With the 250th anniversary of the Boston Tea Party on Dec. 16, 2023, along with other historical milestones coming up in the near future, we’ve compiled a list of programming to celebrate this iconic event.
Indulge in a fascinating exploration of history and science as we highlight the Boston Tea Party and other iconic events and people that led to the American Revolution.
Specials from Arizona PBS
Ken Burns’ two-part, four-hour documentary “Benjamin Franklin” explores the revolutionary life of one of the 18th century’s most consequential and compelling personalities, whose work and words unlocked the mystery of electricity and helped create the United States.stream on passport
SECRETS OF THE DEAD
When skeletal remains of at least 10 people turned up in the basement of Benjamin Franklin’s British residence, people wondered if the Founding Father might have had a darker side. Franklin was aware of the bodies in his basement, but they weren’t the victims of violent acts. Rather, they were used for the purposes of an illegal anatomy school that helped shape modern medicine.
PBS Digital Studios
Turning the Boston Harbor into actual tea
Delve into the iconic Boston Tea Party while we pose a unique question: What if, instead of dumping tea into the harbor, it was brewed and turned into a colossal cup of tea? Join the experts as they unravel the chemistry behind this intriguing hypothetical, offering a delightful blend of historical anecdotes and scientific insights.
After The Boston Tea Party, the British decide to blockade Boston Harbor, marking the first signs of real hostilities between the colonies and England. So in 1775, when the Continental Congress decided to form a navy to protect trade, a flag with a coiled snake, prepared to strike, served as the symbol to fly aboard its ships.
A unique retelling of the stories of the American Revolution
We know about George Washington and Alexander Hamilton. But most Americans have never heard about Georgia mother Nancy Hart. During the American Revolution, Hart captured five British soldiers after getting them drunk off her homemade corn whiskey. And she’s not alone.
Student journalists at the Walter Cronkite School of Journalism and Mass Communication at ASU who are part of the New Media Innovation and Entrepreneurship Lab are working on an interactive project telling the stories of ordinary people who stepped up during the Revolution.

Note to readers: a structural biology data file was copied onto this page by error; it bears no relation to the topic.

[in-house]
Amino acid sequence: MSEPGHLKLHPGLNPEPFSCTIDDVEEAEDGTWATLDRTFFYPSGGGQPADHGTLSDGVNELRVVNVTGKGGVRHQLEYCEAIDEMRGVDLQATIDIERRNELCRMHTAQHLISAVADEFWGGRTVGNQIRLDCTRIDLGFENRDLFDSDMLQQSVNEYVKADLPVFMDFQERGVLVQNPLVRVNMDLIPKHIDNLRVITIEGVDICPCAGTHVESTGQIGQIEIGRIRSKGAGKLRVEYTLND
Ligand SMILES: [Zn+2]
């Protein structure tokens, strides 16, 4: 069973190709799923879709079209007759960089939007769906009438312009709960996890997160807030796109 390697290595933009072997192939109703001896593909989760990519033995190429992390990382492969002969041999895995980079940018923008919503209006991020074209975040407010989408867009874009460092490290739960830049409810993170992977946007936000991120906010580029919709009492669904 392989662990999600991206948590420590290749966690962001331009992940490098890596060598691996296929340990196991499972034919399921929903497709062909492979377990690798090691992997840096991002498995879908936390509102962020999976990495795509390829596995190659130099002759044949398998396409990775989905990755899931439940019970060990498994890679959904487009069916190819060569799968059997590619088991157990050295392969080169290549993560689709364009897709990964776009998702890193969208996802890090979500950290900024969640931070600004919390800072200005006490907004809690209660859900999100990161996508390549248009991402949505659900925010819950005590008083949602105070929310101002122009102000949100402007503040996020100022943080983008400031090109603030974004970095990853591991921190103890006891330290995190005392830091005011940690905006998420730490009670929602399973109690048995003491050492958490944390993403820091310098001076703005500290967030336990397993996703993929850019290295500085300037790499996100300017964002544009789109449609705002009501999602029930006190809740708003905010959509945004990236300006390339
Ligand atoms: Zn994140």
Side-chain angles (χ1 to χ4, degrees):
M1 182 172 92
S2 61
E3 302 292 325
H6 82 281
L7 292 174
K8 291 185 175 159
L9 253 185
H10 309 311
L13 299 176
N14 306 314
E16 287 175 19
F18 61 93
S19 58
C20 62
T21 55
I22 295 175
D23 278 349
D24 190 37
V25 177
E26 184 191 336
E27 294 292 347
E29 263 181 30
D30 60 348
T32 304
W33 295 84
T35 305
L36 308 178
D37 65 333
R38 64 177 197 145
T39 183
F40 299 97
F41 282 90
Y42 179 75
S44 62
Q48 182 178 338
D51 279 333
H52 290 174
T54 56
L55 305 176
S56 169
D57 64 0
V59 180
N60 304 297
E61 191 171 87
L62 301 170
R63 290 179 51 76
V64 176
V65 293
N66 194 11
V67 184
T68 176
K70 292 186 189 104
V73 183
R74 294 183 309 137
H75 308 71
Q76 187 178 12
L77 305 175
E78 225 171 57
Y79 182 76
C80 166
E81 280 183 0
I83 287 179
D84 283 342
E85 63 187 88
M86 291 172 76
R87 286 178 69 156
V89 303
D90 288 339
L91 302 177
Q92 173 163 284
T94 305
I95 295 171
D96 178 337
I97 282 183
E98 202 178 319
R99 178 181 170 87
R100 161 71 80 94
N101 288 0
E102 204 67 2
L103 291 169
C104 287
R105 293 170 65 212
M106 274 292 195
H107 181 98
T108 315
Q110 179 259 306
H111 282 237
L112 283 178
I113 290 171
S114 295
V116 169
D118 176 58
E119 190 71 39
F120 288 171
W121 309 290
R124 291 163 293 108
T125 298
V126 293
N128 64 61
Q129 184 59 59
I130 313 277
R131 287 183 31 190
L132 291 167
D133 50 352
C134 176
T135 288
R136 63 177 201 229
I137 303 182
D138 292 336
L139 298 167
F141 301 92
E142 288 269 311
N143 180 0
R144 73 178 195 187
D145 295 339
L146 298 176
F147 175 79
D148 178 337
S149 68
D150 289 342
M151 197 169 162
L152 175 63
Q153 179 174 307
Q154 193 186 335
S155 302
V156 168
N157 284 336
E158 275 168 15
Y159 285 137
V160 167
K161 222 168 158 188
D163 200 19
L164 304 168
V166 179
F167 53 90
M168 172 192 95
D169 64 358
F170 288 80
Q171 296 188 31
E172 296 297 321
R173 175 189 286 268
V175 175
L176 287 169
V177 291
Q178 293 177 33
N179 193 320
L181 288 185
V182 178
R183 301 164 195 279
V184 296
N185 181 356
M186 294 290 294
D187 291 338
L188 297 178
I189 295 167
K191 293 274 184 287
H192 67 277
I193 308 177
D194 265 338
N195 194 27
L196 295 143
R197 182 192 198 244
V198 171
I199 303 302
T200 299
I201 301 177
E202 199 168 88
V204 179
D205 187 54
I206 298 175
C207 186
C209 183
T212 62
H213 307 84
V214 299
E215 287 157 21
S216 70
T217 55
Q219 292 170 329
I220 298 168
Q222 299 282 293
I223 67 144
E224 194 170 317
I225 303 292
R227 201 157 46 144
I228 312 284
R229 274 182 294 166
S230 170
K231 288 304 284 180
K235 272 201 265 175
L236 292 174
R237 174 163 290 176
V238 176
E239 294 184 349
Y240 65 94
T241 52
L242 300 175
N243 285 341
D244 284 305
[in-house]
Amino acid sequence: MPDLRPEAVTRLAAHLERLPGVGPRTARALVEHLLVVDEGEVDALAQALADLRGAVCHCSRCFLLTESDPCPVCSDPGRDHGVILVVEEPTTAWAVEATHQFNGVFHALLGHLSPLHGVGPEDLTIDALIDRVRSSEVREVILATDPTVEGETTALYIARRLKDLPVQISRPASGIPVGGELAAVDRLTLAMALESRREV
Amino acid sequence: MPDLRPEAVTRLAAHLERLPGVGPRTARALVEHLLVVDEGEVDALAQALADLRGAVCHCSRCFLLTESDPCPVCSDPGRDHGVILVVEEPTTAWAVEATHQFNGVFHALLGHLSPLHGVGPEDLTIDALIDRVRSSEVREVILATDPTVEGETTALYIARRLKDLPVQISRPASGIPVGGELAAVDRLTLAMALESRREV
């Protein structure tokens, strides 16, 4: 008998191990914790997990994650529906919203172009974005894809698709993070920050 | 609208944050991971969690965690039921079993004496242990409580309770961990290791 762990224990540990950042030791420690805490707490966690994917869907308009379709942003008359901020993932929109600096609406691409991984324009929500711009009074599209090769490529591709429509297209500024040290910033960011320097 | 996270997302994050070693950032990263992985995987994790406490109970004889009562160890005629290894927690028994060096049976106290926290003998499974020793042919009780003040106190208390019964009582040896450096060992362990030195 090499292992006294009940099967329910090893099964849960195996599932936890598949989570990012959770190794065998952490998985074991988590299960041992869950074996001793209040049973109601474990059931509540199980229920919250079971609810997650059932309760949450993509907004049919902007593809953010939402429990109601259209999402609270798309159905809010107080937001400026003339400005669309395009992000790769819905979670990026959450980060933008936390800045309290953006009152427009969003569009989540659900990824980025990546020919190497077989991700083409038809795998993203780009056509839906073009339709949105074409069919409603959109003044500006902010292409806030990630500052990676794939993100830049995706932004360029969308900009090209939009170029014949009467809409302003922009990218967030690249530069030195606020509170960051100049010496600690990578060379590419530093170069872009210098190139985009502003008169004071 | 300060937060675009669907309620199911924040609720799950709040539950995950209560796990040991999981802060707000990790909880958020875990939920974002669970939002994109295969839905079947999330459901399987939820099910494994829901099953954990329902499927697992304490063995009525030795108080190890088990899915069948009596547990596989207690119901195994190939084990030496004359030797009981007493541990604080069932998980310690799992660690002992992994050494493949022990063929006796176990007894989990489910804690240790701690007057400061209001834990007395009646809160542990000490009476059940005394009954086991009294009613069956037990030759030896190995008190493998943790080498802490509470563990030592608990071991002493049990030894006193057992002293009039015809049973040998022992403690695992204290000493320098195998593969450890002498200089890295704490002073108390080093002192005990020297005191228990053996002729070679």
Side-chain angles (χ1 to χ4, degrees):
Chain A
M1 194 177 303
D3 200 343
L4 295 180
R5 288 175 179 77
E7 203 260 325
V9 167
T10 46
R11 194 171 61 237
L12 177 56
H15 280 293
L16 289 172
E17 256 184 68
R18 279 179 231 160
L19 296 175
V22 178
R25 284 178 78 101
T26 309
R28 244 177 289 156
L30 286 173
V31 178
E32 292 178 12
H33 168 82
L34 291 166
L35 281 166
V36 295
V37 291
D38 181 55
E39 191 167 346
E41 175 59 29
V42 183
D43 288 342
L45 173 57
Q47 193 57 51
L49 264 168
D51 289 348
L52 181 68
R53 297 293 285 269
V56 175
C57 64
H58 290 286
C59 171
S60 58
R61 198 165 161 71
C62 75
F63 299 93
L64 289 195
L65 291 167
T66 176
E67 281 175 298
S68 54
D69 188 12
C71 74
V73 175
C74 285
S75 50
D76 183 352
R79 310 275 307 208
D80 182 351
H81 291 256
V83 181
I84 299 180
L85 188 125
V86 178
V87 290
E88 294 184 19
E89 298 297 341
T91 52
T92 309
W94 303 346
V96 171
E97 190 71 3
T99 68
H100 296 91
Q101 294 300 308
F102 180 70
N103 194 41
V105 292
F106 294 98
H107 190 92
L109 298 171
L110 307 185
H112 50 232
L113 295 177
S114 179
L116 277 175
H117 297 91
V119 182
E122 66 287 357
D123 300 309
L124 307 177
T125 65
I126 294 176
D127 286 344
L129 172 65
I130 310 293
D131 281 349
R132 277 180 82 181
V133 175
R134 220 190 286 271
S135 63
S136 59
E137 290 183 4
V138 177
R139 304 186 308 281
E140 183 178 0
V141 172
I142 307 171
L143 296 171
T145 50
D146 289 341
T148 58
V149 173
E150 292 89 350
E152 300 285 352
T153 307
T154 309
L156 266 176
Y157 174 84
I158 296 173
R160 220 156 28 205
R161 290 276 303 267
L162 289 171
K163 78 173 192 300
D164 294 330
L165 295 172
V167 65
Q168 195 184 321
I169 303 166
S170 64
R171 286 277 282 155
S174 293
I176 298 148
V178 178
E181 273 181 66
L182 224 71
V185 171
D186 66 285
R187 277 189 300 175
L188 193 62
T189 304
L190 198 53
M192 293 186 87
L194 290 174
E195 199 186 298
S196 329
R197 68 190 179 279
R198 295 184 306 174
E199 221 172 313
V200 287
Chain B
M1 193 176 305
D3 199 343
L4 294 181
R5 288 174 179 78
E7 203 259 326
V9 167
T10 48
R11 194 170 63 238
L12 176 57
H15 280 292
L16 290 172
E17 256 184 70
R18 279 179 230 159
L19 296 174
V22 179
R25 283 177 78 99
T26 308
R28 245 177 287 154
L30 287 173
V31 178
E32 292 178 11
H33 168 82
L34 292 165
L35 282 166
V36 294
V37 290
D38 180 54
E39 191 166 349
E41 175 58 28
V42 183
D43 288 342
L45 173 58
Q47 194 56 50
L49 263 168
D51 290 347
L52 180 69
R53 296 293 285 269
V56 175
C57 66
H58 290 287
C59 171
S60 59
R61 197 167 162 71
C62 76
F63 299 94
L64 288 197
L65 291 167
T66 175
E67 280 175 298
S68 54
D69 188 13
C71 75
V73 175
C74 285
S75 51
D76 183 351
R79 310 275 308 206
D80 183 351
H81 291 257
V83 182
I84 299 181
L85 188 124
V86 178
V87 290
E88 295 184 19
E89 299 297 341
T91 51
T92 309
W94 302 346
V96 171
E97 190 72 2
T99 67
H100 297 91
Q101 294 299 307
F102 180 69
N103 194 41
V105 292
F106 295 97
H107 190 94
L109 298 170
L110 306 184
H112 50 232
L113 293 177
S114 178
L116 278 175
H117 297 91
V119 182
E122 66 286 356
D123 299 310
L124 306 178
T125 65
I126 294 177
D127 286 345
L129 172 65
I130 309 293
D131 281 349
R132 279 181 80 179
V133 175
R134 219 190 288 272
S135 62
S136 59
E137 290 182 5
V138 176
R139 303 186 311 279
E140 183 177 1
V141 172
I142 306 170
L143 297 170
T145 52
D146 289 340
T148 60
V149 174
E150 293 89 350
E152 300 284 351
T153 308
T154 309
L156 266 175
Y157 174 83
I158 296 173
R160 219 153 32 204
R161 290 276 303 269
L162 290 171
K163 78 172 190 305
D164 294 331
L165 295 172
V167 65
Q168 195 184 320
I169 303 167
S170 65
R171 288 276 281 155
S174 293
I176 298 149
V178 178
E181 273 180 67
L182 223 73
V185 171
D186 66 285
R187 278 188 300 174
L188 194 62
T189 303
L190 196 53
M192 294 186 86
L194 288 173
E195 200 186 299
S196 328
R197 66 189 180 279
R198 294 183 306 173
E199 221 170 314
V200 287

Led by Retha Hill, Director of the Lab and also Professor of Practice at the Cronkite School, students discovered most of the names of these ordinary patriots are unknown except by their descendants and genealogists, who gladly shared these incredible stories with the students.
Like Elizabeth Freeman who sued for her freedom from a violent mistress; she not only won in a Massachusetts court but forced the state to reconsider slavery altogether.
These ordinary people were heroes of the American Revolution, now brought to life by the students. With the help of immersive technology and skillful journalism storytellers, ancestors in the third tier of interactivity will be represented as full 3D avatars that are capable of real time conversation.
Watch for information here as the project develops.
Stand on the dock and take part in the Boston Tea Party
On Dec. 16, 1773, American colonists, disgruntled with the tax on products from England including tea, boarded a merchant vessel in the Boston Harbor and dumped crates of tea overboard. King George III was not happy, and ordered his troops in Massachusetts to seal off the city.
The Boston Tea Party is considered the opening volley that eventually led to the American Revolution.
Take part in a re-creation by students from the New Media Innovation and Entrepreneurship Lab, part of their immersive look at the Revolution and the regular people who fought for freedom.
Resources for parents and educators
THE CIVIC DISCOURSE PROJECT
1776 and Us: Finding the Founding in a Foundering Democracy
Jane Kamensky, Professor of History at Harvard University, argues her point on the study and history of the American Revolution, and how we can prepare students of today with an understanding of the revolutionary era that is evidence-based.